By Keith Eddings email@example.com
---- — LAWRENCE — The court-appointed receiver running a South Union Street boarding house evicted 10 tenants last week, adding to the four he threw out the week before and the seven he hopes to evict this week.
Alan Hope, a local developer appointed by Lawrence District Court to manage the boarding house in July after its owners failed for months to correct scores of building and fire code violations, said the evictions are part of an effort to upgrade and renovate the boarding house and another on Common Street owned by the same New York landlord, Don Henry.
The city's Board of Health condemned Henry's boarding house at 575 Common St. May 16, displacing 60 people. A week later, board chairman Joel Gorn called the boarding house at 77 Union St. a "cesspool" of drug dealing and squalor and threatened to close it if Henry did not fix the health and fire code violations.
Instead, the board in July asked the Lawrence District Court to turn over the Union Street house to a receiver with power to evict unmanageable tenants, make repairs and send Henry a bill when it's all over.
“We're chipping away at an iceberg,” Hope said, describing the conditions he inherited. In one instance, Hope said that after repairing empty units on the third floor, several second-floor tenants went upstairs and “broke down the doors, poured glue down the toilets and threw syringes in the sinks.”
“Some of these people damaged the property,” Hope said about the tenants he's evicting. “They didn't pay rent. Some of them have (arrest) warrants. Some are drug addicts. There's a whole bunch of reasons (to evict them).”
Seven of the tenants Hope is trying to evict showed up Thursday morning in Housing Court, where a judge continued their case one week. The 10 who did not appear were ordered evicted, according to Bill Serel, who is managing the boarding house.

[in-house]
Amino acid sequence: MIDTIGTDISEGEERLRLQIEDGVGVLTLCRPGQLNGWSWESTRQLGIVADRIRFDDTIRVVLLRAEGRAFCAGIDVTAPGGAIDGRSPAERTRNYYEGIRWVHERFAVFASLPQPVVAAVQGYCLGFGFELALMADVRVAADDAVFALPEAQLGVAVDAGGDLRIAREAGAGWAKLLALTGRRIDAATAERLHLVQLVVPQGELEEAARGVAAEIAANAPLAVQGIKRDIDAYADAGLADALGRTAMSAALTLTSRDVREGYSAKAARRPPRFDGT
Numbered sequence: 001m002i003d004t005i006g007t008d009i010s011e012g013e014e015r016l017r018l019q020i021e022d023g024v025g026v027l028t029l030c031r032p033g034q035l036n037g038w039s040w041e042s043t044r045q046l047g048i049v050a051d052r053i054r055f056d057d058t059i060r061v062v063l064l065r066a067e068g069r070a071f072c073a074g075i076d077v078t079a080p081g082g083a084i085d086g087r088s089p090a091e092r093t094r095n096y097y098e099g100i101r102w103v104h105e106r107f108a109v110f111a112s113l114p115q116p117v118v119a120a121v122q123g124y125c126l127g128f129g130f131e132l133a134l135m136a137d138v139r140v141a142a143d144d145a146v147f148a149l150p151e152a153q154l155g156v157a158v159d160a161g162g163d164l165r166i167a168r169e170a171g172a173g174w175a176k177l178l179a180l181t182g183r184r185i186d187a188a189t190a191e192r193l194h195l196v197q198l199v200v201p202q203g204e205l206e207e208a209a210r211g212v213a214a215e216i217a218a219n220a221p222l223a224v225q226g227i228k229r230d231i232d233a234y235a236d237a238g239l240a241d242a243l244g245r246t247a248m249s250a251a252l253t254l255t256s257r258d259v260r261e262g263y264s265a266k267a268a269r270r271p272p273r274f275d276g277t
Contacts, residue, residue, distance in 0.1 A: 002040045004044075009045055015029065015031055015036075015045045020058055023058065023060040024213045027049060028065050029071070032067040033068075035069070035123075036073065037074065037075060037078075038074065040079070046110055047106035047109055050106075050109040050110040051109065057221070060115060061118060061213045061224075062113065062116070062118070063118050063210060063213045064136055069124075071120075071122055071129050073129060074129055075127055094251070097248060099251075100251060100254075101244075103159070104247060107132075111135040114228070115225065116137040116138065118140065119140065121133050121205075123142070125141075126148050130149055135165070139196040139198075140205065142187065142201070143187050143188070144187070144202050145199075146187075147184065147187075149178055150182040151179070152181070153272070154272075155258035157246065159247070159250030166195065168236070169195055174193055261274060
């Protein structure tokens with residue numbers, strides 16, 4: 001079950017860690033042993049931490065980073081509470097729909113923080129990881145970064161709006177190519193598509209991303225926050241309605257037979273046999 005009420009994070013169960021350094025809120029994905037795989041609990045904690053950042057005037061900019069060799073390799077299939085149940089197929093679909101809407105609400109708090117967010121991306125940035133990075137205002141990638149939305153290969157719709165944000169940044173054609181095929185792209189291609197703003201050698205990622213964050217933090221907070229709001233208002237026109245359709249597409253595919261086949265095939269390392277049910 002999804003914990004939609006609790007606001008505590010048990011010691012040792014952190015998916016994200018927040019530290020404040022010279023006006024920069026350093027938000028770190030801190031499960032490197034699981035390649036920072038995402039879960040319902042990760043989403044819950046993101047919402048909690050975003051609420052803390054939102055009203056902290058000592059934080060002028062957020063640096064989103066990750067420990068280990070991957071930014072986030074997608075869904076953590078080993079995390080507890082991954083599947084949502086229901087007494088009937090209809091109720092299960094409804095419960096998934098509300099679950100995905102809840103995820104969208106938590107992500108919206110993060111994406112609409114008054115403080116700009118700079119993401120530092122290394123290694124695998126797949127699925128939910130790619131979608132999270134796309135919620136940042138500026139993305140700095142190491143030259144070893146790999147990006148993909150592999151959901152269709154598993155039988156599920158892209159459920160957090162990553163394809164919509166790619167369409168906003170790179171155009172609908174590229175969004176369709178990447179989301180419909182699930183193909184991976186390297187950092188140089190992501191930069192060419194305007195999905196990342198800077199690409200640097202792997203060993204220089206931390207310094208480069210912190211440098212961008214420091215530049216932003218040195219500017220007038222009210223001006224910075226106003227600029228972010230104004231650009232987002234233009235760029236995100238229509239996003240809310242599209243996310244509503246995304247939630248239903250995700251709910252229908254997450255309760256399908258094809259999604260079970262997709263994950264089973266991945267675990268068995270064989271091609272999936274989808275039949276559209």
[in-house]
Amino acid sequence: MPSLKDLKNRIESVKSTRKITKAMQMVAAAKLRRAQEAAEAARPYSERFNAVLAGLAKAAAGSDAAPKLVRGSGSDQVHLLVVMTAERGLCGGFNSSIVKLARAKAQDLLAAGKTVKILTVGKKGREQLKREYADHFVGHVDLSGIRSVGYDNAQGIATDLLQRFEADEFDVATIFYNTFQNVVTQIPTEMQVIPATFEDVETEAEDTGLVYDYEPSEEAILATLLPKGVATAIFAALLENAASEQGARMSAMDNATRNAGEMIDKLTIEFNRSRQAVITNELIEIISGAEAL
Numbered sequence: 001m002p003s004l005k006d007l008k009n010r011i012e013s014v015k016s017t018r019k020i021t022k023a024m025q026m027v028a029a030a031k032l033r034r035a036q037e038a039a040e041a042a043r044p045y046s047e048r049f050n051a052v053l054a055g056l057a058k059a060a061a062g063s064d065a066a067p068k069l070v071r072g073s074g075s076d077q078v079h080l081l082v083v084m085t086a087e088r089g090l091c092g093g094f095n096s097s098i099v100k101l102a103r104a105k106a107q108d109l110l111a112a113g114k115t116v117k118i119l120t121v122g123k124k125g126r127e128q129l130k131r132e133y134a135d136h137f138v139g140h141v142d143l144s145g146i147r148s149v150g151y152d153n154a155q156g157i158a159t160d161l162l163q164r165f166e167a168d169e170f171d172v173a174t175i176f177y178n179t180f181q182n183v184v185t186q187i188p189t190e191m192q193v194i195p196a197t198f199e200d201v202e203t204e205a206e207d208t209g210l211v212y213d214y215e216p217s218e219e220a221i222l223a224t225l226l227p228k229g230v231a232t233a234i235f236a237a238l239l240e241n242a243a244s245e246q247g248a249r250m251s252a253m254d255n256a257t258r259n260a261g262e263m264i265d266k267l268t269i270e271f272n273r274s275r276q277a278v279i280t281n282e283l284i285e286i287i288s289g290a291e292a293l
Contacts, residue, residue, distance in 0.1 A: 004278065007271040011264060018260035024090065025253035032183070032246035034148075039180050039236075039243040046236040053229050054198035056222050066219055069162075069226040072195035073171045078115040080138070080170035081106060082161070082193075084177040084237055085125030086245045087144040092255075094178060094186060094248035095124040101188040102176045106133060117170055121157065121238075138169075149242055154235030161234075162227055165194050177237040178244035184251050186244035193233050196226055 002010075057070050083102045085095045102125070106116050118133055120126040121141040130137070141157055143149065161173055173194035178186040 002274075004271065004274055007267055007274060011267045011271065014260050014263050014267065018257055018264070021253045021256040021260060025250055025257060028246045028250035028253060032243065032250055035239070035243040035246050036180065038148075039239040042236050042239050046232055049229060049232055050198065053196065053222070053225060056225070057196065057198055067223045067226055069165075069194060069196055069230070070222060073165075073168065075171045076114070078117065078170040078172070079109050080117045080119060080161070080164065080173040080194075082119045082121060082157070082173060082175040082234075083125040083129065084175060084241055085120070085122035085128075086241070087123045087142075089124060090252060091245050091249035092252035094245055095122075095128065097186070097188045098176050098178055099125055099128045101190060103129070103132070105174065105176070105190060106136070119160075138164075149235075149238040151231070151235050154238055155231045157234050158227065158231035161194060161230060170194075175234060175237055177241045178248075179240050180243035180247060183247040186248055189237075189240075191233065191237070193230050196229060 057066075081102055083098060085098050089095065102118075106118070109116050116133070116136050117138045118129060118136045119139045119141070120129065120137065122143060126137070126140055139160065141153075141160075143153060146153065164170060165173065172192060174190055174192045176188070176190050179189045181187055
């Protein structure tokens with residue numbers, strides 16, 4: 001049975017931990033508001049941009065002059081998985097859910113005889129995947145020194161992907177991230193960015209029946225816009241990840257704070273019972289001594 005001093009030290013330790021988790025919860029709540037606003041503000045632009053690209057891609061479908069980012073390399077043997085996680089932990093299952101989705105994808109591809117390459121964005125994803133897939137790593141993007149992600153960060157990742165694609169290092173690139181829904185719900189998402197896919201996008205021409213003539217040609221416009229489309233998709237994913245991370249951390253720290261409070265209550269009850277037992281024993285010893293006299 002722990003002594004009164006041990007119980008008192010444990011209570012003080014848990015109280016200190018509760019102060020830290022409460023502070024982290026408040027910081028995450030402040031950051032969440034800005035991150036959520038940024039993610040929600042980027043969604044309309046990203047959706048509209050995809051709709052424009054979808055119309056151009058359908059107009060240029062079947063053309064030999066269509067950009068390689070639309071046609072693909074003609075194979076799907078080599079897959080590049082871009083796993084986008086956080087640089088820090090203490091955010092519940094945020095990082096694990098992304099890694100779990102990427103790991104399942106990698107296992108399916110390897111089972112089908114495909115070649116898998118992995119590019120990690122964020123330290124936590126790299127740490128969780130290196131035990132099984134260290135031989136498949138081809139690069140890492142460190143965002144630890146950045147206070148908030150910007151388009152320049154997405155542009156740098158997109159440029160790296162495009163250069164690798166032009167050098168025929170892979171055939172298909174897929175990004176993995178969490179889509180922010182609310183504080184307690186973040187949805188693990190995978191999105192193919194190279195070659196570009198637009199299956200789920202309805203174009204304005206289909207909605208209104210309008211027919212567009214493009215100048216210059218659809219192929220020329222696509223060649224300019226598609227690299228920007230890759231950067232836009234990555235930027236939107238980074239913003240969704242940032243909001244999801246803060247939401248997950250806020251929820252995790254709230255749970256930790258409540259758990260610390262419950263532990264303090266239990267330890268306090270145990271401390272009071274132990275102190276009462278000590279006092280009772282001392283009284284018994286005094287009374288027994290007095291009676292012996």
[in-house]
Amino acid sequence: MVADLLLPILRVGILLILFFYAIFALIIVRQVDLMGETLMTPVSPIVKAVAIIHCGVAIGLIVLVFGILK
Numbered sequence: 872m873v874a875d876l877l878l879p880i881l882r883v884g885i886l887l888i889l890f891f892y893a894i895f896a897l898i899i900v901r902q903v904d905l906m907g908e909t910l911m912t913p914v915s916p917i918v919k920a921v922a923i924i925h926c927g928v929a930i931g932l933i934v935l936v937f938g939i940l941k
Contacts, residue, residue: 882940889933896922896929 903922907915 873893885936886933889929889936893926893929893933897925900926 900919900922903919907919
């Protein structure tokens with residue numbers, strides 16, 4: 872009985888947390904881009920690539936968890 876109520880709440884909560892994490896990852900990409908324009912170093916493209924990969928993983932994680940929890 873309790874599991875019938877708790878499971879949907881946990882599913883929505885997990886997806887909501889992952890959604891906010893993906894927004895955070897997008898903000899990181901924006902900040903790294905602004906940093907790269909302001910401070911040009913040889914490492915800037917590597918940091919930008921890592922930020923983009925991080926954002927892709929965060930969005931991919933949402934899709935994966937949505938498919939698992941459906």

None of the 10 tenants whose eviction were approved in Housing Court last week could be reached after the hearing. At the boarding house later in the day, Nick Hantzis, the general contractor on the renovation, was installing a push bar on a lobby door, and tenant Gary Hilliard, a tenant for 12 years, was describing how conditions have improved since Hope took over.
"All the comforts of home," Hilliard said, sweeping his hand across his cramped but tidy one-room apartment on the third floor where he lives with his two cats, Lady and Remy, amid stacks of books and video games and a pile of Red Sox and Bruins caps. “It's comfortable. Quiet. Things that happened beyond my situation is not really my fault. I just stay focused on my path.”
Hilliard says he pays $500 a month for his room, which includes a shared bathroom down the hall.
Among the improvements so far, Hope said he has installed fire doors and extinguishers, hung new lighting in the hallways and filled six 30-yard dumpsters with furnishings, mattresses, refrigerators and debris from the rooms that are being renovated as they are emptied.
He's also posted an armed guard in the lobby, where signs taped to a window say visitors must show identification and be out by 8 p.m.
Repairs at Henry's Common Street boarding house have not begun because the building is empty and so the fixes are less urgent, Hope said. He said he is paying for the improvements out of his own pocket. When the repairs are completed and the buildings meet the fire and building codes, Hope can hand Henry the bills. If Henry refuses them, Hope can foreclose.
“I'm going to bring it up to code so that the tenants can live in a peaceful, safe place,” said Hope, who has restored several other buildings in the city as a court-appointed receiver, including on Haverhill and Butler streets. “I've gotten to know some of the tenants. I like them. They clean the bathrooms and hallways. They take pride in what they have. It's a rooming house and I want it to remain a rooming house.”
Hope meets twice monthly with Housing Court officials to discuss the progress he's made. He is scheduled to meet with the City Council on Tuesday.